Don't know what to do with those empty wine bottles other than toss them into the recycling bin? For ideas, go to the website Pinterest.
Judging by the photos posted there, old wine bottles can continue to provide happy service as hummingbird feeders, chandeliers, tiki torches, wind chimes and that all-time favorite, candleholders.
Brian Bumgarner advocates another alternative: Don't recycle the bottles at all. Instead, reuse them. That's what he's been doing with a line of wines since he and his wife, Jennifer, founded Bumgarner Winery on El Dorado County's Apple Hill in 2005.
Their "Silver Fork" wines the name was inspired in part by the nearby Silver Fork of the American River come in bottles with a swing-top clip closure rather than a cork or screw cap. When the bottle is empty, the buyer can return to the tasting room and exchange it for a new bottle of the same wine at $5 off the listed price. An empty bottle of the bright, rich, barrel- fermented 2010 Silver Fork chardonnay, for example, purchased for $24, can be swapped for a new bottle of the same wine for $19.
Bumgarner then washes and sterilizes the old bottle and adds it to his bottling line for the next go-around.
His interest in reusing rather than recycling bottles indeed, his entire interest in the wine trade began 20 years ago as he toured Europe. He was struck by the number of consumers who visited wineries, markets and the like to have their old bottles refilled with a favorite wine.
"They'd even come in with old Evian bottles to fill them up at grocery stores," recalls Bumgarner.
He was far from establishing his own winery, but that vision stuck with him, and today it fits right in with his philosophy to own and operate a business that is sustainable and locally oriented. The couple use the bottle exchange more for wines meant to be consumed in their youth rather than laid down for indefinite aging.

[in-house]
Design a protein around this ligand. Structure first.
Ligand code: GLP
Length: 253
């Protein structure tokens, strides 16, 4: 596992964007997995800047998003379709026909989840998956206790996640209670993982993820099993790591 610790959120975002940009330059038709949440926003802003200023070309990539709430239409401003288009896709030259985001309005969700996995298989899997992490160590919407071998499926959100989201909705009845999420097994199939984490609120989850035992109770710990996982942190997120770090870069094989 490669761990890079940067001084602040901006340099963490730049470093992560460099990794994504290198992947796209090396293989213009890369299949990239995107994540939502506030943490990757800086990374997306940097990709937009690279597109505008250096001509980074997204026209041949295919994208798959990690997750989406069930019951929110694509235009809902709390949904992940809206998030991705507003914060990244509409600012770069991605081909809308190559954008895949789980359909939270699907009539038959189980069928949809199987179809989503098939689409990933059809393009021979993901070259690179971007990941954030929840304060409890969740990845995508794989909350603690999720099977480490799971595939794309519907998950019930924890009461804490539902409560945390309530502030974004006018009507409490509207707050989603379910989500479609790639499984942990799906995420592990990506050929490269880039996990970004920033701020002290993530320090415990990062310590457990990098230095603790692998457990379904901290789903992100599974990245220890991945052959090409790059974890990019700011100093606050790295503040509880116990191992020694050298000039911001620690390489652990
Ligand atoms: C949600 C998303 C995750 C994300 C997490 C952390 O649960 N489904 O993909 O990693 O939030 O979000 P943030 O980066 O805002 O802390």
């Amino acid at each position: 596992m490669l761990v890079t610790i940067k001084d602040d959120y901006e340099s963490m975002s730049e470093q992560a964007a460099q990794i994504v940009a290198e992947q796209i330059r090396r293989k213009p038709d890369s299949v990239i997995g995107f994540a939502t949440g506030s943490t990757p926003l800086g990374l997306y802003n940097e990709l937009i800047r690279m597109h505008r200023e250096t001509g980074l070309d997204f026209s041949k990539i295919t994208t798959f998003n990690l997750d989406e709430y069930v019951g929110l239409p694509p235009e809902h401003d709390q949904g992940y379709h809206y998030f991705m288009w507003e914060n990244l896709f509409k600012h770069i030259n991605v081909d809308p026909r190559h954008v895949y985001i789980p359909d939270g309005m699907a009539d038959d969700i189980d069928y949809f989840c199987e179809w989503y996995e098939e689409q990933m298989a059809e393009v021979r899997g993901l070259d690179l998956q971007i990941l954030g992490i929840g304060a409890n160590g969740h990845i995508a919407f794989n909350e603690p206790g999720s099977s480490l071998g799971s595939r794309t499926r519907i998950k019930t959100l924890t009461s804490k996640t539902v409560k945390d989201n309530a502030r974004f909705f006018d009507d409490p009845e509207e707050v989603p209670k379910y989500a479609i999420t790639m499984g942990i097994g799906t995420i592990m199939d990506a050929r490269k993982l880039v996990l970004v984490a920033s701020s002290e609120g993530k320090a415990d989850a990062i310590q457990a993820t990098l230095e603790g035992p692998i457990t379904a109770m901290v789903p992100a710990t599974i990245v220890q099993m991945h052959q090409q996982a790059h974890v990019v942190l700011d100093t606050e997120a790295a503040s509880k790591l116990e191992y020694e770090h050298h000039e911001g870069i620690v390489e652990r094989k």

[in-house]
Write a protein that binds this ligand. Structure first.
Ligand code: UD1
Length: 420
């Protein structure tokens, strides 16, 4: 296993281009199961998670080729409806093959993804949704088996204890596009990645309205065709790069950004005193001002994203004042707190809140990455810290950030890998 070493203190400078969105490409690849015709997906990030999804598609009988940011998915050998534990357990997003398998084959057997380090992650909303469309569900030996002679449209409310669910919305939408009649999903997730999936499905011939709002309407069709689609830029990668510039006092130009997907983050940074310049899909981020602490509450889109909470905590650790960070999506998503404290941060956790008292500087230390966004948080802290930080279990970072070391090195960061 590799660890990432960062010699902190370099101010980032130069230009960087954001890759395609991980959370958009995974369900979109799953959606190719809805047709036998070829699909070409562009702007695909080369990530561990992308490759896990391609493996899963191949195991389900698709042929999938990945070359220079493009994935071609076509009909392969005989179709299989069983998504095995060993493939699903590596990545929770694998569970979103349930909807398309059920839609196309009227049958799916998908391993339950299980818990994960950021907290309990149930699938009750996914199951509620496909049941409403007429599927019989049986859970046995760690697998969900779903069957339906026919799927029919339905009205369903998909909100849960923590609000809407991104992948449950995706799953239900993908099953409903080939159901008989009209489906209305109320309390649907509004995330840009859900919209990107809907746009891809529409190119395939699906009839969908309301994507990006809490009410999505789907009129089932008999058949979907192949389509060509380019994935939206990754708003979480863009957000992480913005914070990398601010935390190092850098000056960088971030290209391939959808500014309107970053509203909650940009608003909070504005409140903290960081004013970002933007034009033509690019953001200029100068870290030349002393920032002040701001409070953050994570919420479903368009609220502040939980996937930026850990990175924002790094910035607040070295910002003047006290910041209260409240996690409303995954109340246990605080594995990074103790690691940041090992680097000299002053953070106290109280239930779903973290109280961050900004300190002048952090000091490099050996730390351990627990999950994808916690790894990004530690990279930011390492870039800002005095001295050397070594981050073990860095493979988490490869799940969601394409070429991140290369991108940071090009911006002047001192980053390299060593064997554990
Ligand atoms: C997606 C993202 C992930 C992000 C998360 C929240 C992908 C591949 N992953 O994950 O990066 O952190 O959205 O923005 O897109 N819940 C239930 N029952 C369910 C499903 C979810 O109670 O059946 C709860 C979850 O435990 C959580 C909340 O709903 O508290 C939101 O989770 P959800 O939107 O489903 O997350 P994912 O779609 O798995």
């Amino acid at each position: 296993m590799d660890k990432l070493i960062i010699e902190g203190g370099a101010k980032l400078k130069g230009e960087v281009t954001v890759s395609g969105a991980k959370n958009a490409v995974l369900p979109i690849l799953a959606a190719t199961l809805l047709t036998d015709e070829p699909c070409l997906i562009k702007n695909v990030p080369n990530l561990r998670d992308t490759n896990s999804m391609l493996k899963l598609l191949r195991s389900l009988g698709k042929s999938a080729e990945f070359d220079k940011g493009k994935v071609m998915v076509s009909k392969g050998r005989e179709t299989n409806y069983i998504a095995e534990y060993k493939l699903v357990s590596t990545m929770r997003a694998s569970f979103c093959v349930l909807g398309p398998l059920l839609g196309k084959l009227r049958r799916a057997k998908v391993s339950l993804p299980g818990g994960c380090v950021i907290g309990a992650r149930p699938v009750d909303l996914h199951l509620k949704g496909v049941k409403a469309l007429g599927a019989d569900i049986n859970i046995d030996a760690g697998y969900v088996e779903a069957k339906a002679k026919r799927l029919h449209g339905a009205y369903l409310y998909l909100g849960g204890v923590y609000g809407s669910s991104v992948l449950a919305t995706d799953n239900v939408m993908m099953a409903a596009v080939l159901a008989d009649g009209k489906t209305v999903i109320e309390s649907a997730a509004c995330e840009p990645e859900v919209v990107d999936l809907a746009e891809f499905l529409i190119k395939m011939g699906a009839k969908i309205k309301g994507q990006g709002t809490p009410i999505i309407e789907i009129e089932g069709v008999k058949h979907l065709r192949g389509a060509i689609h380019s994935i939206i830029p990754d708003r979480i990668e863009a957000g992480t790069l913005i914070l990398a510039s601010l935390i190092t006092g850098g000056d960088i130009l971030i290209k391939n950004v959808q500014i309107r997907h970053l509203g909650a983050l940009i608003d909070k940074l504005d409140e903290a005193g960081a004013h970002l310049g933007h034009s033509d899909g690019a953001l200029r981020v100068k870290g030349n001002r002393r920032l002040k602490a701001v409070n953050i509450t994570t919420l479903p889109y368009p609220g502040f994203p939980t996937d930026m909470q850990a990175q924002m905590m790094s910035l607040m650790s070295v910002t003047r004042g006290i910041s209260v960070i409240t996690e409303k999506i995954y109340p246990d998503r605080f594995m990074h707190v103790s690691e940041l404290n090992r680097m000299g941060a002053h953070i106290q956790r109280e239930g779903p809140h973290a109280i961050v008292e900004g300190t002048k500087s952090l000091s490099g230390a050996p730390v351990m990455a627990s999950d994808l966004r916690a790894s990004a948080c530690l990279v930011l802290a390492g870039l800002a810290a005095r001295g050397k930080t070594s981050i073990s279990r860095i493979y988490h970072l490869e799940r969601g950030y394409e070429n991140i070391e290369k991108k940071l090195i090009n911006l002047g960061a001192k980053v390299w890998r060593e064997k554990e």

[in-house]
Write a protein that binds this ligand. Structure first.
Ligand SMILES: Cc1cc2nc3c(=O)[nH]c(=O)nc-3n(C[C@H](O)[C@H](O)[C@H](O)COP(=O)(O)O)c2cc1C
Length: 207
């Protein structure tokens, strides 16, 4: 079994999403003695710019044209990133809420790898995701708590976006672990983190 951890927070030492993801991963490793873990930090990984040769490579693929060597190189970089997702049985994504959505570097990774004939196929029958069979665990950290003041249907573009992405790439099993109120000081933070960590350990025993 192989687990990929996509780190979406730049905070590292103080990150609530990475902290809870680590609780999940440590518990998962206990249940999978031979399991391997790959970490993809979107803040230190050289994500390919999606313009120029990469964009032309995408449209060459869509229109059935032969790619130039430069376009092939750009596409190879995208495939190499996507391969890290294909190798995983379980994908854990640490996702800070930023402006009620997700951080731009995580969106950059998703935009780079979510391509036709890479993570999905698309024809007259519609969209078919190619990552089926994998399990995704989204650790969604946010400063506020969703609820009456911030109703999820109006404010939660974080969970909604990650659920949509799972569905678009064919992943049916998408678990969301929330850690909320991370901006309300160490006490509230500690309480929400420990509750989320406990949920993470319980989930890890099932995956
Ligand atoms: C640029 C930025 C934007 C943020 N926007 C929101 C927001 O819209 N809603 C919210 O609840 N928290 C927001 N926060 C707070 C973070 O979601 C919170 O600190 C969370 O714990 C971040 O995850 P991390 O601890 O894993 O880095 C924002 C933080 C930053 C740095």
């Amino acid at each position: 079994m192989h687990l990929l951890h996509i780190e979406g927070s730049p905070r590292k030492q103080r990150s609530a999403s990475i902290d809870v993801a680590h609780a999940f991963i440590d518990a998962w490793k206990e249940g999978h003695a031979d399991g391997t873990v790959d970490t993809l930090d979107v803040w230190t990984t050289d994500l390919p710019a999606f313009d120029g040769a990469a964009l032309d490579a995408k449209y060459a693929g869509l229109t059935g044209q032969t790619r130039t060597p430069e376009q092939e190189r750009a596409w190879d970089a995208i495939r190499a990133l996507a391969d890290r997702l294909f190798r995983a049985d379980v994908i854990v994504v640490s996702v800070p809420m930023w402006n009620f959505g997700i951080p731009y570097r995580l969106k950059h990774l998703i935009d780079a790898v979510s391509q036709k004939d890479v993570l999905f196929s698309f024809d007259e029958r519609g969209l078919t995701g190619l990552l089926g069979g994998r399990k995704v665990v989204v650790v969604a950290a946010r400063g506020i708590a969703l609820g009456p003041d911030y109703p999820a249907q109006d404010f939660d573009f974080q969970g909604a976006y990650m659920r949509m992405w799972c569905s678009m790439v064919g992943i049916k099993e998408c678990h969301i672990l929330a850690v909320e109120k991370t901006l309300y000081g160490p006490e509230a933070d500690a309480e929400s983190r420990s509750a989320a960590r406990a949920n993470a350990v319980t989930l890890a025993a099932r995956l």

The return rate for the reusable bottles is running around 50 percent, Bumgarner said. The rest just may not have been exchanged yet or they're doing duty as hummingbird feeder, tiki torch or something else.
Bumgarner wines in more traditional bottles are marketed as "Five Fingers" releases and include an earthy and oaky 2008 tempranillo, a floral and fruity 2008 petite sirah, and an herbal 2008 cabernet sauvignon (recently sold out). The name "Five Fingers" and the handprint on the bottle are intended to convey the message that his wines are "personal" and "handcrafted," Bumgarner said.
The newest and most impressive wine in that section of the couple's portfolio is the Bumgarner Winery 2010 El Dorado Five Fingers Touriga, tantalizingly suggestive of musk in aroma, lush with red fruits in flavor, and pleasantly enduring in the finish.
It's a husky wine, with sweetness from both fruit and oak, and firmness to its spine. Tannins aren't so pronounced that they will interfere with the fruit when the wine is paired with a dish with appropriate mass, such as a rib-eye steak or a robust chili.
"Touriga" is the broad name for a family of black Portuguese wine grapes that include touriga nacional, touriga franca and touriga macho. In Portugal, they are used mostly for port, though some of the harvest also ends up as dry table wines. Wine-label regulations in the United States recognize only "touriga," with no differentiation for the various strains.